SURVIVAL AND MAINTAINANCE OF THE MOUNTAIN HUTS
The cancellation of the Kosciuszko alpine grazing leases in the 1960's, with the departure of the mountain cattlemen, coincided with the marked increase in the numbers of bushwalkers and skiers using the mountain huts. After the snow leases served by Mawsons Hut were cancelled in 1963, the Exclusive Squirrel Ski Touring Club commenced looking after that hut. However, few of the other huts were being maintained until the Kosciuszko Huts Association (KHA) was founded in 1970. Since then over forty groups, clubs and individuals have volunteered to maintain the Kosciuszko huts through the KHA. Work has included everything from general cleaning, collecting fallen branches from the forest floor and cutting dead timber for firewood, to major structural repairs.
The NSW Government compulsorily acquired the AAC managed Lake Albina lodge in 1969. Sections of the conservation movement queried the very existence of huts above the snowline. Some of the huts were in a poor condition before their maintenance was taken over by caretaker groups and the KHA. One such hut was Moulds Hut located near Spencers Peak, about 9km ENE of Mt Jagungal. Although the exterior renovated hut was painted in 'park brown', aluminium sheeting had been used internally to seal the hut against draughts and moisture ingress. In February 1976 the hut was deliberately set on fire and destroyed.
Alpine hut, a ski touring hut extensively used in the 1940's and early 1950's (please see the Second Installment of this series), was allowed to burn down in 1979 and Constances Hut was destroyed by fire in 1984. Rawsons Hut, whose condition in 1982 was assessed as fair internally and structurally sound, sympathetically located in a very sheltered position beside the headwaters of the Snowy River at the northern end of Etheridge Range, was demolished.
Acting on the adopted Plan of Management for the Kosciuszko National Park, Lake Albina Lodge which provided a base for Main Range skiing (Photo No. 39), was burnt down in March 1983 by Park workmen. The Park Helicopter removed metal (such as roofing tiles) that had survived the fire. What was in 1969, the best equipped and best managed Main Range lodge, had been allowed to degenerate into an alpine slum through lack of routine maintenance. Following the demolition of Lake Albina Lodge, the Illawong Ski Tourers seemed to be the next in line for demolition, particularly when advised by the NSW National Parks and Wildlife Service that "The position is that occupation on a caretaker basis by the Illawong Ski Tourers of the Illawong Lodge has been approved until 31 December, 1985, but not beyond and no negotiations concerning tenure beyond that date are in progress or will be entertained."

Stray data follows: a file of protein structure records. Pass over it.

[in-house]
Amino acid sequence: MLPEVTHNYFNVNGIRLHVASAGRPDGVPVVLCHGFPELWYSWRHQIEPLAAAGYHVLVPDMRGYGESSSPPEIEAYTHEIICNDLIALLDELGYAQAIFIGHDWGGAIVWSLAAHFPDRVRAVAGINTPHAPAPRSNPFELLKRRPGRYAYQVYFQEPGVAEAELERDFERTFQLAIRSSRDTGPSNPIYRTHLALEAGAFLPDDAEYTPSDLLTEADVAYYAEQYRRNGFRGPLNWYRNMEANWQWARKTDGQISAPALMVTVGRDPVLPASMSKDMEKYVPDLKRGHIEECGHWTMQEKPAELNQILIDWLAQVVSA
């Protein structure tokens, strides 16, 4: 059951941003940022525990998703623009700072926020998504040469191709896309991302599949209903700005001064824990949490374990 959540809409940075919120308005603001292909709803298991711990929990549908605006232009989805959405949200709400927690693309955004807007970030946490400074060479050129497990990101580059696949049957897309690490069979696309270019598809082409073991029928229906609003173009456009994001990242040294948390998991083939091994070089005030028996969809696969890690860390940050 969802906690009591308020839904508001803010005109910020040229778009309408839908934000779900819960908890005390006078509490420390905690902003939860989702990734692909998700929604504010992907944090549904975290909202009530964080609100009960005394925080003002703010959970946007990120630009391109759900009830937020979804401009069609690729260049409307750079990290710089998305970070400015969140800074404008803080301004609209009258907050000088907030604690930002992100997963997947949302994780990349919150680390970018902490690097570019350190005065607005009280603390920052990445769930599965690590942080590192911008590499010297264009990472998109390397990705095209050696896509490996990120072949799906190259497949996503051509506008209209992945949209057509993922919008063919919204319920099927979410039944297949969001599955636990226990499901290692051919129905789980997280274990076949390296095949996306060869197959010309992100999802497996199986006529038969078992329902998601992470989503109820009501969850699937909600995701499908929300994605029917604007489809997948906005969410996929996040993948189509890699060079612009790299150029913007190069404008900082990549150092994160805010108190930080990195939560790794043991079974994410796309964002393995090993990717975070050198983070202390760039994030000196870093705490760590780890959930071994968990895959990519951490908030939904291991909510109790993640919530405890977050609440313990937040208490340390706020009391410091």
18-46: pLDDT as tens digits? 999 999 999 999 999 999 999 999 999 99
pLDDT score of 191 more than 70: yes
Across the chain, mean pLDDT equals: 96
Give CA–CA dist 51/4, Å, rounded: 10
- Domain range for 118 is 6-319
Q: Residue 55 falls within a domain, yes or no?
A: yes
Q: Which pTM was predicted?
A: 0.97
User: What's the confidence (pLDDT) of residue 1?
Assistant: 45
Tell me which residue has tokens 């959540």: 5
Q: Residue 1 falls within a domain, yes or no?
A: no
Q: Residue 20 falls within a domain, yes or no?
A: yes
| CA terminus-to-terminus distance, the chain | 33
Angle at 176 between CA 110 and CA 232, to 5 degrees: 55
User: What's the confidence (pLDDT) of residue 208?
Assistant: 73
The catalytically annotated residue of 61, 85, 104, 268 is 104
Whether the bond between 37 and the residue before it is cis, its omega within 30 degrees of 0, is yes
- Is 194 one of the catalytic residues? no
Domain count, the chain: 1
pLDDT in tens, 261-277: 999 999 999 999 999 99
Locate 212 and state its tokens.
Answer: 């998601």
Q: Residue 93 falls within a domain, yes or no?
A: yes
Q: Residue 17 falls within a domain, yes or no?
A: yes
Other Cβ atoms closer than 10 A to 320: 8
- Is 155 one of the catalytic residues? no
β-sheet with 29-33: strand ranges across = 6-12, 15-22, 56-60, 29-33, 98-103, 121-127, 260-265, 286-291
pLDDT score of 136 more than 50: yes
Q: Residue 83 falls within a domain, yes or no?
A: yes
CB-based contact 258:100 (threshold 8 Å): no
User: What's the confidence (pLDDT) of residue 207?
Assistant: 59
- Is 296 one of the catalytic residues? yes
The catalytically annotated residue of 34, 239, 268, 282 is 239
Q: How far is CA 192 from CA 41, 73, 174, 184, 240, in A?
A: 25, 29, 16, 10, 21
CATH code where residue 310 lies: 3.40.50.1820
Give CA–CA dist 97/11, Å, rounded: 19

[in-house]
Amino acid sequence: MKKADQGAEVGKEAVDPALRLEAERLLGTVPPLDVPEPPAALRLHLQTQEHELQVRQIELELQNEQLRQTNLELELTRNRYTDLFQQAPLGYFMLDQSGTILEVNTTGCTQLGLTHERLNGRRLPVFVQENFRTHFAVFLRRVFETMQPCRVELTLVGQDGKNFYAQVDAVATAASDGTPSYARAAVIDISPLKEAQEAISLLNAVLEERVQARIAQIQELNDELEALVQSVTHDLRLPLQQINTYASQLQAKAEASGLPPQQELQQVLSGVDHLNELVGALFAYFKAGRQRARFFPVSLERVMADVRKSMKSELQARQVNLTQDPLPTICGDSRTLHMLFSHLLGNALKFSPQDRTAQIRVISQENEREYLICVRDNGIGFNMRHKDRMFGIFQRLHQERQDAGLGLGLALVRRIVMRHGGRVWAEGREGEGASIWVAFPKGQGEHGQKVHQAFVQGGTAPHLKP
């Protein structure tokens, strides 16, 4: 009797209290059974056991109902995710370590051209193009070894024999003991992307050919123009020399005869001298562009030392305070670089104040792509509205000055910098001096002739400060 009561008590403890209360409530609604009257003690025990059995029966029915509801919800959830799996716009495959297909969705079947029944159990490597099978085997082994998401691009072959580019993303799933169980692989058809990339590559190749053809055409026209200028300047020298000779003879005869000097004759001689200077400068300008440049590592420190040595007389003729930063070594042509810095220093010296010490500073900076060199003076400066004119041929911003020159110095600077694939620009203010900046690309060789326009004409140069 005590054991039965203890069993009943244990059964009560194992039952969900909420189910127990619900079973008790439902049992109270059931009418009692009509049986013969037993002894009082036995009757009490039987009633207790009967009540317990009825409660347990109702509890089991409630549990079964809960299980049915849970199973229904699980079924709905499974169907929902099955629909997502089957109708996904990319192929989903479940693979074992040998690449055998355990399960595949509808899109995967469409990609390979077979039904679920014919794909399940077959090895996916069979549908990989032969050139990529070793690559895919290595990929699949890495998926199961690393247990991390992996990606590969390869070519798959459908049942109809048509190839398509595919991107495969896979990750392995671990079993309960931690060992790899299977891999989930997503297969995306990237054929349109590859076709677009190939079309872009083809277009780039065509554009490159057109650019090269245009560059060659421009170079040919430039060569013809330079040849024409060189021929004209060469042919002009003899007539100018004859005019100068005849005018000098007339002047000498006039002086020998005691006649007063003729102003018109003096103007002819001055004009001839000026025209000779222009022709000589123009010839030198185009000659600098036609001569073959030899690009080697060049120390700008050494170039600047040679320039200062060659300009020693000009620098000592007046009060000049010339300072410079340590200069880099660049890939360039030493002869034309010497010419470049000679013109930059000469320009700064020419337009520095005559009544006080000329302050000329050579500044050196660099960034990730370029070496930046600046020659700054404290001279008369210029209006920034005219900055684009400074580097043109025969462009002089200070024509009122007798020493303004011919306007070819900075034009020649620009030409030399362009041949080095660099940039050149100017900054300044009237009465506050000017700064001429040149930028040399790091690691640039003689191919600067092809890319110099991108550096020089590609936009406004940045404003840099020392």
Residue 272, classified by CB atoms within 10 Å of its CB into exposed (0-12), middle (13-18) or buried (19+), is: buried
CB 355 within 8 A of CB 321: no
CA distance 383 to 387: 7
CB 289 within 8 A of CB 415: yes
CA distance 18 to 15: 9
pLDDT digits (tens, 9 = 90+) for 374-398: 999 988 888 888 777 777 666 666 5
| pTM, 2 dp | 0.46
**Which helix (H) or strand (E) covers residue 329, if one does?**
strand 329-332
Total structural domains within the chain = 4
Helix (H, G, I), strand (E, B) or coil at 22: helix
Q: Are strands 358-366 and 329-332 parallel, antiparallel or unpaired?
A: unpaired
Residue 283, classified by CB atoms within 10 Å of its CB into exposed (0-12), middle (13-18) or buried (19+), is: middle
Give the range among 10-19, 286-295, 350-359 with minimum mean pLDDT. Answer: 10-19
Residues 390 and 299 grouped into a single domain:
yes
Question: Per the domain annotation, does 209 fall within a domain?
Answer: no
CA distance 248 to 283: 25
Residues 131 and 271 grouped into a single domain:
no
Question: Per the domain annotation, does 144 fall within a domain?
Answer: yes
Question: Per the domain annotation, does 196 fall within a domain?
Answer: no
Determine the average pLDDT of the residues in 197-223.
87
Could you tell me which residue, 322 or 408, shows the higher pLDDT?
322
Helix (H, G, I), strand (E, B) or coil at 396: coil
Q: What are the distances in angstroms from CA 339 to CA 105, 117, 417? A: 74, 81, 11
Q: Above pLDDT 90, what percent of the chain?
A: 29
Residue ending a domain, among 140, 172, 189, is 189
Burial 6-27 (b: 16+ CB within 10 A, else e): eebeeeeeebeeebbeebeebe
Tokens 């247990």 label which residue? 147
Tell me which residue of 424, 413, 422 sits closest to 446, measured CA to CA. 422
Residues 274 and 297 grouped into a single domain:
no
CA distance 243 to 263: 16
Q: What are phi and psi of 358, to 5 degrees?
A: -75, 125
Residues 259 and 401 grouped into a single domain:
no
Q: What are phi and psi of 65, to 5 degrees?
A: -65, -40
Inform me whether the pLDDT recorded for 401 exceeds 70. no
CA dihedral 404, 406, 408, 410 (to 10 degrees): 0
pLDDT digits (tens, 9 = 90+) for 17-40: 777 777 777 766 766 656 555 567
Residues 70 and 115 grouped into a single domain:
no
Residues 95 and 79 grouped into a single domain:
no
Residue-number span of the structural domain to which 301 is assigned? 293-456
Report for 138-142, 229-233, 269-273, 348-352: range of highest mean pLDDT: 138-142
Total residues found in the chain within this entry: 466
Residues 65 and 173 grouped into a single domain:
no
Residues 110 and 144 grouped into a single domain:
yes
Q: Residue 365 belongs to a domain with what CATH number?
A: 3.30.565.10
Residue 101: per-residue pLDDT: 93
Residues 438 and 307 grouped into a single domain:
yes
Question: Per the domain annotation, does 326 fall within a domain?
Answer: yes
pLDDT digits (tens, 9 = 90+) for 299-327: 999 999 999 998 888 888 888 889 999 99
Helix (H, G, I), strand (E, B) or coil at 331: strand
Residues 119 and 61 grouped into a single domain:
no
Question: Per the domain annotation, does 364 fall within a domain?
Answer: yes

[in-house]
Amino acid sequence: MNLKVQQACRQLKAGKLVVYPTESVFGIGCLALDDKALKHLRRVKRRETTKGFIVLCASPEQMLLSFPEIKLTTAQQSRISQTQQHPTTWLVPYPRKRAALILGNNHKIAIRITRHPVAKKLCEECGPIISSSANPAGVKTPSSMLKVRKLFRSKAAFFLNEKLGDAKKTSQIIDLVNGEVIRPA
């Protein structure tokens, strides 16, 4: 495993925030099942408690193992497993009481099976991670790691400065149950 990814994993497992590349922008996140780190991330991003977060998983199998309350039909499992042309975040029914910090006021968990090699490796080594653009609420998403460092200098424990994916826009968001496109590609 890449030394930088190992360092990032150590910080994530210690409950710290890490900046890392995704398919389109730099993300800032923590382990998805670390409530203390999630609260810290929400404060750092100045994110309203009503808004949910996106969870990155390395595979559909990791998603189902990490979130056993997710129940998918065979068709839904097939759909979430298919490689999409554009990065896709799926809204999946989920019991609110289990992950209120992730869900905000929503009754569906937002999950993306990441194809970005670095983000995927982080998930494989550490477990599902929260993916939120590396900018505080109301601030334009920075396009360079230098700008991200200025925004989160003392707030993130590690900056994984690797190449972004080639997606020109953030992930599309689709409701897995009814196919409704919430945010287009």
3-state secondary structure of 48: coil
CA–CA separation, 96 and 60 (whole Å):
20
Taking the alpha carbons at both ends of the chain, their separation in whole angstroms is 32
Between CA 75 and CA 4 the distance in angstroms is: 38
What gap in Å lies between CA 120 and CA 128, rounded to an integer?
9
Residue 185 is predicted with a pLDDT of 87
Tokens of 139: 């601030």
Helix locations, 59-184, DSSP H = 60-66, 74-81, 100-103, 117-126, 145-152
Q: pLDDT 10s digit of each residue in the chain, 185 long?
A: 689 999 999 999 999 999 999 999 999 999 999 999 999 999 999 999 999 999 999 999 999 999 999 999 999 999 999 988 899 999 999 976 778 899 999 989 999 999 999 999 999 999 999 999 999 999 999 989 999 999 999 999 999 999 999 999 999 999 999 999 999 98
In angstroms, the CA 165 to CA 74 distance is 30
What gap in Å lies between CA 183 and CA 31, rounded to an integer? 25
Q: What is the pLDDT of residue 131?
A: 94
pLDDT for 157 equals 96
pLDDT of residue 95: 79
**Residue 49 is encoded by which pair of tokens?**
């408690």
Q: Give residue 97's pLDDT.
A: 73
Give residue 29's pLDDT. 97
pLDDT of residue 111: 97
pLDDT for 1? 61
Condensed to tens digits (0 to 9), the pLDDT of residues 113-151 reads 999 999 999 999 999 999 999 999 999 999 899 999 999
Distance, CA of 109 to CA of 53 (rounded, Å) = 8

Prior to 1985, part of the boundary of the Kosciuszko National Park was located about 5km east of Mount Jagungal on the crest of the Munyang Range at about 1700 metres elevation. The Snowy Plains, with clumps of trees separated by broad grassed areas, exist to the east of this former boundary and slope gently down to the Gungarlin River at 1400m elevation some 8km further to the east. This ideal ski touring land was privately owned freehold land zoned Rural 7c and was mostly used for stock grazing from Spring to Autumn each year. Portions 35 and 36 Parish of Gungarlin were owned by Bryan Haig, a keen cross-country skier and a past president of the ACT Ski Council, who lived on the property for much of the year and hosted other keen ski tourers in his home, which was called Bogong Lodge (Photo No. 40).
The AAC and some other ski clubs were most interested in constructing a few small huts on Block 36 for ski touring and bushwalking purposes. In December 1984 the retiring NSW Minister for Planning and Environment, Mr Terry Sheahan, approved the compulsory resumption of Bryan Haig's Block 36 by the National Parks and Wildlife Service (NPWS) to allow its incorporation into the Kosciuszko National Park. This action was confirmed (by telegram dated 18 January 1985) by the incoming Minister, Mr Bob Carr.
Minister dated 21 January 1985) that Bogong Lodge, Bryan Haig's home overlooking the Snowy Plains, be retained as a shelter for ski tourers, to be administered by a committee of management consisting of ski clubs and governmental agencies (such as the NPWS and the NSW Department of Planning and Environment) with an annual rental being paid to the NSW State Government and with Bryan Haig initially acting as caretaker,.
All the events summarized in this section of the Eighth Installment, represented the end of the 1950 dream of the Ski Tourers' Association that had driven it to establish a chain of huts across the NSW Alps. Henceforth, it was apparent that the Australian Alpine Club could only build huts in established ski villages, because even dwellings on freehold land were no longer safe from compulsory acquisition and subsequent demolition.